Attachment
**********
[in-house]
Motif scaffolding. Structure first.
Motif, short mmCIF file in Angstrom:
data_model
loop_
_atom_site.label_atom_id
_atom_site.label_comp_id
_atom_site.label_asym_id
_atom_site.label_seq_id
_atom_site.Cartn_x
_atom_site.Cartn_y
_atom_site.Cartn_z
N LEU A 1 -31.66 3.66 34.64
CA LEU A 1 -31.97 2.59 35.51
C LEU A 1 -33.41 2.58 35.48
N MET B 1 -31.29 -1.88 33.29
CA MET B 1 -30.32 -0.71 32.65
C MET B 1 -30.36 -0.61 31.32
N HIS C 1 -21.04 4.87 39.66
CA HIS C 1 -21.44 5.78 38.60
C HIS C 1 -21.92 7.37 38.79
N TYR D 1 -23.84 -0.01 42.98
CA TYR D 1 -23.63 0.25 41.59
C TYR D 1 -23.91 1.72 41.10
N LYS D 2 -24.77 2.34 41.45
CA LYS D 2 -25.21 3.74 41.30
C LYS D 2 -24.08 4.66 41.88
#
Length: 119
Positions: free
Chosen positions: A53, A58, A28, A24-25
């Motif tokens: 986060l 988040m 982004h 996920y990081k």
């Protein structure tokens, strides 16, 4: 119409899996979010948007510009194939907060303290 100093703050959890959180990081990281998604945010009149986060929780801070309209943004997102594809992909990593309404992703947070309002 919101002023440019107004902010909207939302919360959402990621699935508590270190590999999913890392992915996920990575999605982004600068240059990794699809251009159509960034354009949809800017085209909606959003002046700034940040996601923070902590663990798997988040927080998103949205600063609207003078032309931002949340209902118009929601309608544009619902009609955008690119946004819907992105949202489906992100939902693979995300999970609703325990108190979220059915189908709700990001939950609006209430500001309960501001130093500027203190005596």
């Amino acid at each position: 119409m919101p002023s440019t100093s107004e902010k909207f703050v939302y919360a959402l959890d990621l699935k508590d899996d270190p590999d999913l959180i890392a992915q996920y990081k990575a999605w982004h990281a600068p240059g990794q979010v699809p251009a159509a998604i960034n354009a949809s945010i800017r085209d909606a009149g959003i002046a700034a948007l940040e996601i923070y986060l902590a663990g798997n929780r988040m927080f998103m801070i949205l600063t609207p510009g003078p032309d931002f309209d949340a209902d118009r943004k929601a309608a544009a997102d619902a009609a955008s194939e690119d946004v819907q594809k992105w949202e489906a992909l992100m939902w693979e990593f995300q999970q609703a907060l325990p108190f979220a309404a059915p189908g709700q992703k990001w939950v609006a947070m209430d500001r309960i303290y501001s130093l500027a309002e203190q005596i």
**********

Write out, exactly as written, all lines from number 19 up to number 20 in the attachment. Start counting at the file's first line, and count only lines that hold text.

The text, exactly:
N HIS C 1 -21.04 4.87 39.66
CA HIS C 1 -21.44 5.78 38.60